"Contrary to popular opinions these adolescents to not simply want attention or try to frighten someone. The most common reasons for self-aggressive behaviours are to get relief from a terrible state of mind or incredible feelings of tension and / or anxiety! Some of these adolescents also have suicide thoughts or would accept death as one possible consequence of self-harm." (qtd. in web4health). "Broadly speaking, self-injury is the act of attempting to alter a mood state by inflicting physical harm serious enough to cause tissue damage to one's body." (qtd. in focusas). Self-injury usually indicates that somewhere during development that person didn't learn good ways of coping with overwhelming feelings or stress. They’re not sick or insane; they just never learned positive ways to deal with feelings and emotions for various reasons. But coping skills can be learned at any point in life. People who self-injure can learn to use new and healthier coping mechanisms. This process may take years to develop with the help of a skilled therapist familiar with this condition.
For some, hurting themselves is a form of suicidal behavior. In fact, nearly half of the students surveyed who engaged in the behavior said they had wanted to die. But for others, Lader says self-injury is a survival method. "It's a coping strategy to deal with intolerable pain, but it works for them so it's a way of surviving," says Lader. (qtd. in mywebmd). But she says there is always the risk that once the method stops working for them, they could commit suicide -- either accidentally or purposely. Researchers say girls seem to be especially prone to self-injurious behavior, and the study found acts of self-harm were four times more common among girls than boys. Lader says that when girls have a strong emotional response, they tend to act inward rather than outward because it's not "feminine" to be that angry. "Girls will act on themselves and tend to say that they would rather hurt themselves than anyone else - not realizing that no one needs to get hurt," says Lader. (qtd. in mywebmd) Coupled with the fact that girls tend to be very body conscious and more dissatisfied with their bodies, she says it's not a stretch for some girls to take their anger out on their body.
"Skin is a bulletin board," Lader says. "They're saying, 'Can you see how much pain I'm in?'" (qtd. in womensenews)
"Although no current data exist to prove their hunches, analysts and clinicians say that the incidence of self- injury, which consists most commonly of behaviors such as cutting, burning, and hair pulling, may be increasing. They point to the emergence of a culture in which it is acceptable-perhaps desirable-to talk about it." (qtd in womensenews) Many teenagers are creating personal web sites based on their experiences and are using it as a way to express pride in their self- inflictions. These web sites promote that it is acceptable and even "cool" to inflict pain onto yourself. Other instances of why it is done could be described, as in the following story:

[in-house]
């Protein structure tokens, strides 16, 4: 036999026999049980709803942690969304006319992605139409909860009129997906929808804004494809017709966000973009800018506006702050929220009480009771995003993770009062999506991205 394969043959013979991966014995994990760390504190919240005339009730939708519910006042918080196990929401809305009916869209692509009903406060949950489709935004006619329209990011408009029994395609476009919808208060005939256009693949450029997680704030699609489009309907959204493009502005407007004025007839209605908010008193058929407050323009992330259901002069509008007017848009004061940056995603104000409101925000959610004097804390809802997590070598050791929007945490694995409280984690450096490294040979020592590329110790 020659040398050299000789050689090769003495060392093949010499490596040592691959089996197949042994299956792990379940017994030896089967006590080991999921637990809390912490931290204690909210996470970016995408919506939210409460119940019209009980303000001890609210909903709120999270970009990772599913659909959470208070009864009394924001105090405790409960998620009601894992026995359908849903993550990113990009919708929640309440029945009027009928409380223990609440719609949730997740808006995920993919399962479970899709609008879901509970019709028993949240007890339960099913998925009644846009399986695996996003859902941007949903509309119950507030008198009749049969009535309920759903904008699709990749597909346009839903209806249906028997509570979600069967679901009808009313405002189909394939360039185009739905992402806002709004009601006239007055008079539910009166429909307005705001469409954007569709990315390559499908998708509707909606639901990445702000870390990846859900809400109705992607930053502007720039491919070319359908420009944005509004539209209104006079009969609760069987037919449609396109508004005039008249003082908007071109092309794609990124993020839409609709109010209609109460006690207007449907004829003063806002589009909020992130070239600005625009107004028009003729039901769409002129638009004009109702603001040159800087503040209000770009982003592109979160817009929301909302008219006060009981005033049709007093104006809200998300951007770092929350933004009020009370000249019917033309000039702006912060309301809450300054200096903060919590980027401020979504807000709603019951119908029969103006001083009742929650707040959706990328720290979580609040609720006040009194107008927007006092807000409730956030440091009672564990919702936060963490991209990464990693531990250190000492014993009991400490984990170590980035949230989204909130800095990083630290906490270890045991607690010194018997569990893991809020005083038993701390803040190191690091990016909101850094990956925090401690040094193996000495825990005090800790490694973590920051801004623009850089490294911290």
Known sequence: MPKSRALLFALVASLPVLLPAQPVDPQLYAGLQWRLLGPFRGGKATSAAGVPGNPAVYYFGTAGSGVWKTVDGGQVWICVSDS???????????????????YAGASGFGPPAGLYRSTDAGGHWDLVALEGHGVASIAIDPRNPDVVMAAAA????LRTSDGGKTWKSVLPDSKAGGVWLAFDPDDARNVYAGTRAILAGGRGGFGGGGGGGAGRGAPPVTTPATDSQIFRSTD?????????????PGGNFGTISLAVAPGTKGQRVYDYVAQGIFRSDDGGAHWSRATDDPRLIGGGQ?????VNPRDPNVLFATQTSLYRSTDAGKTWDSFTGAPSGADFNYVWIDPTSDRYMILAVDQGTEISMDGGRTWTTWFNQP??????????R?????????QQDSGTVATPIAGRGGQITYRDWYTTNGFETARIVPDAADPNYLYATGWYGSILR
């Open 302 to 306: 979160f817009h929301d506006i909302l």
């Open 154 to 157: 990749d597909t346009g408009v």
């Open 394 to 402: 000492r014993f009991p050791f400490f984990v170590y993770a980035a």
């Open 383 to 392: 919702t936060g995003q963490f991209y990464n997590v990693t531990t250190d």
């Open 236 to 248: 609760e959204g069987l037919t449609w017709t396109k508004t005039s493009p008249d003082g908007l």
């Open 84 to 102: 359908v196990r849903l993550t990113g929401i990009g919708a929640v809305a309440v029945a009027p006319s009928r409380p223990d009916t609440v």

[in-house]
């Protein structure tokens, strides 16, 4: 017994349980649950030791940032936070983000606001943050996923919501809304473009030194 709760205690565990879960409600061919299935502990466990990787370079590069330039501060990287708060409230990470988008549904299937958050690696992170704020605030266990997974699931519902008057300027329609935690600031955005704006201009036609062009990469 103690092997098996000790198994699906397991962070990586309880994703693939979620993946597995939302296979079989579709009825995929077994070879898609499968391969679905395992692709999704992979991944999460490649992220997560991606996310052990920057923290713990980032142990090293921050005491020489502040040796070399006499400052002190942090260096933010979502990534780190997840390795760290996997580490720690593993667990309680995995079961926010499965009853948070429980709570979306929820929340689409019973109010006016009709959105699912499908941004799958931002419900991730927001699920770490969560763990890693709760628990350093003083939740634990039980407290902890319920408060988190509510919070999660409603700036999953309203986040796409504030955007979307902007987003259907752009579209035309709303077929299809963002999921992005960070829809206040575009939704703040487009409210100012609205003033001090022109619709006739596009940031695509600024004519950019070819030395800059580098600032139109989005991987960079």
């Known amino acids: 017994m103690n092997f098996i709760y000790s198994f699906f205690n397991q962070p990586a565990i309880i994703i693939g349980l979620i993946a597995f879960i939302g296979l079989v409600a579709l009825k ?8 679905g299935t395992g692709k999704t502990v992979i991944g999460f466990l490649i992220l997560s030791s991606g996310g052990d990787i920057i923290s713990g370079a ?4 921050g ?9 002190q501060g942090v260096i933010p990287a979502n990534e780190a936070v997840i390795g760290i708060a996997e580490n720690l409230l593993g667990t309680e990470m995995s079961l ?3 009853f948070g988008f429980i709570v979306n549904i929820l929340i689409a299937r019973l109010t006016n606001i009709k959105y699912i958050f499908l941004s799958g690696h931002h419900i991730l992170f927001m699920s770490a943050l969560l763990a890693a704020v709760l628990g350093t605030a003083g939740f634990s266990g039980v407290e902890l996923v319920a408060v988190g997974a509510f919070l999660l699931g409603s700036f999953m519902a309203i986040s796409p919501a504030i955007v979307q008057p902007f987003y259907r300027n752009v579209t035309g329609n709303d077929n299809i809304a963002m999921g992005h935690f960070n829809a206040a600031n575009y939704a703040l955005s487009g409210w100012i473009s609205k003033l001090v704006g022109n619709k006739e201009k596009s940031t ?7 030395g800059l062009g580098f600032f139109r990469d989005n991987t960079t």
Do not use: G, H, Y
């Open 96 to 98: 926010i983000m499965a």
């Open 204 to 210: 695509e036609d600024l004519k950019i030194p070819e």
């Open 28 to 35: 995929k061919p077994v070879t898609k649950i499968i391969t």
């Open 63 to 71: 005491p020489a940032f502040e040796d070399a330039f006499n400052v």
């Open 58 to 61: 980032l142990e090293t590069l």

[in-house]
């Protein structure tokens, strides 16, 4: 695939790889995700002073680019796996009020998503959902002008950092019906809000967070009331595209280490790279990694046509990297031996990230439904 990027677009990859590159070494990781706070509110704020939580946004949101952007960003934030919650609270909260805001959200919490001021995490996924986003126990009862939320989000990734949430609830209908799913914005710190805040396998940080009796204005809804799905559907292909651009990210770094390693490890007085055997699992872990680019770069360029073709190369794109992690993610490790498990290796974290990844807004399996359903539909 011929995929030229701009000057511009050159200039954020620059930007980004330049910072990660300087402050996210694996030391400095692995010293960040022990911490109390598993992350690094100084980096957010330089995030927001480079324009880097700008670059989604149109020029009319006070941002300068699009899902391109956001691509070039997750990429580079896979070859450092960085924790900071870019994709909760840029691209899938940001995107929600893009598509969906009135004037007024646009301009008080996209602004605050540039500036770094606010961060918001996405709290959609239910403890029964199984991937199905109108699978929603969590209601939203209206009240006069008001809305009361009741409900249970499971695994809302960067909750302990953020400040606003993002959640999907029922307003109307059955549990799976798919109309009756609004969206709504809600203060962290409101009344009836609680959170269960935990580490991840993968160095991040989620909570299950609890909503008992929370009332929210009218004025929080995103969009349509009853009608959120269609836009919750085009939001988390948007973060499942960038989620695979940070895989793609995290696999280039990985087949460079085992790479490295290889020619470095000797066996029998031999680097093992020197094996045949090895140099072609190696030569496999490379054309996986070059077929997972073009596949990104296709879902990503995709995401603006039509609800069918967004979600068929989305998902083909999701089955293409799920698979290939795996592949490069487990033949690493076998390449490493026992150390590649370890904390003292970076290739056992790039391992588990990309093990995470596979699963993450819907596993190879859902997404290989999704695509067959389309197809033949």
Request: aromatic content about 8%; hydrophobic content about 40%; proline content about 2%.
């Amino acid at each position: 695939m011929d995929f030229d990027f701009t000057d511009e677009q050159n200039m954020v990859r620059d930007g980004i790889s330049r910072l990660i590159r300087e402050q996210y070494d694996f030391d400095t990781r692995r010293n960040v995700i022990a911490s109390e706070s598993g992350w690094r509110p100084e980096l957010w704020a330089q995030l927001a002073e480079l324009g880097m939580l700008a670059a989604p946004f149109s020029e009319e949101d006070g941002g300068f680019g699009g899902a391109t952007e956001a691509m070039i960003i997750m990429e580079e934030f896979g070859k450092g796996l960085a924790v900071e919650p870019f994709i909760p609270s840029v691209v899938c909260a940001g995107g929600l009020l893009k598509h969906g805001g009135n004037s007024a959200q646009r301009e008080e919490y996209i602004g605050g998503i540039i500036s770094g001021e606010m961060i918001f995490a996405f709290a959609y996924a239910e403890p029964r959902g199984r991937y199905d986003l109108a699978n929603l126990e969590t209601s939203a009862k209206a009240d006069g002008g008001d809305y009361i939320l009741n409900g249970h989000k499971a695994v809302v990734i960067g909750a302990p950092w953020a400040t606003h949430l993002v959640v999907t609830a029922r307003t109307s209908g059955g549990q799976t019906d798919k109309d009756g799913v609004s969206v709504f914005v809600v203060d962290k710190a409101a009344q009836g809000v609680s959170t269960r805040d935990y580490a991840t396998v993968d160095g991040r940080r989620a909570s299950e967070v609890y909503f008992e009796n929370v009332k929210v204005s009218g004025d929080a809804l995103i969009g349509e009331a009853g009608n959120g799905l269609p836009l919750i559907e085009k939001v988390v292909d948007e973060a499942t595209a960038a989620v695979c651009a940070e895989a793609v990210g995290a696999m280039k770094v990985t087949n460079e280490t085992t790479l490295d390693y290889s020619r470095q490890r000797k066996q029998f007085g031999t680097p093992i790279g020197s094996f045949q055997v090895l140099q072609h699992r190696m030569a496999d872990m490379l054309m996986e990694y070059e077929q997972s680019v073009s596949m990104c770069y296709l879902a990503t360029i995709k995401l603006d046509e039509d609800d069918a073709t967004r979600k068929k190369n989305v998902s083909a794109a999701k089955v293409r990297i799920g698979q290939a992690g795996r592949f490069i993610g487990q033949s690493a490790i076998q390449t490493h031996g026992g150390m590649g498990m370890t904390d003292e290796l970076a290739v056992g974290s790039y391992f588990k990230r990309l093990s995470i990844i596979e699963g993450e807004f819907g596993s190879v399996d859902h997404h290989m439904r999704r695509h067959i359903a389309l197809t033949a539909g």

Lauren McEntire was 17 the first time she intentionally cut herself. She was sitting in a darkened movie theater next to a boy who was her best friend. On the other side of him sat his new girlfriend. "I was jealous. I was scared he wouldn't be my friend anymore," she says, two years later from her home in Austin, Texas. "But I didn't know how to tell him how I felt." Instead, fidgeting nervously in the quiet theater, she yanked the tab off her soda can. Without much thought, she pressed its sharp edge deep into the flesh of her thumb. The pain and blood that followed made her feel, for the first time, as if she were in control. But with the blood came something more: anger. "A lifetime's worth exploded in that one minute," says McEntire. (qtd. in archives.cnn) Was this young woman in a stressful situation where she felt she couldn't act with other methods or jealous and wanted to prove that she'd do anything for this boy?
Another debate question to ponder: what exactly is self-injury? As defined in "focusas", it is: "carving, scratching, branding, marking , burning/abrasions, biting, bruising, hitting, picking/pulling skin and hair" to ones own body. It's not self-injury if the primary purpose is:
- sexual gratification
- body decoration (e.g., body piercing, tattooing)
- spiritual enlightenment via ritual
- fitting in or being cool
Can teenagers stop this behavior? When are making marks on your own body acceptable? (ie- spiritual beliefs, certain areas of distress) If this is a cry for attention, what kind of attention should these teenagers get: to be ignored because it’s a phase or mental therapy for emotional distress?
*Fact: studies have shown that over 50% of "cutters" have been sexually or physically abused. (found through most web sites in "sources")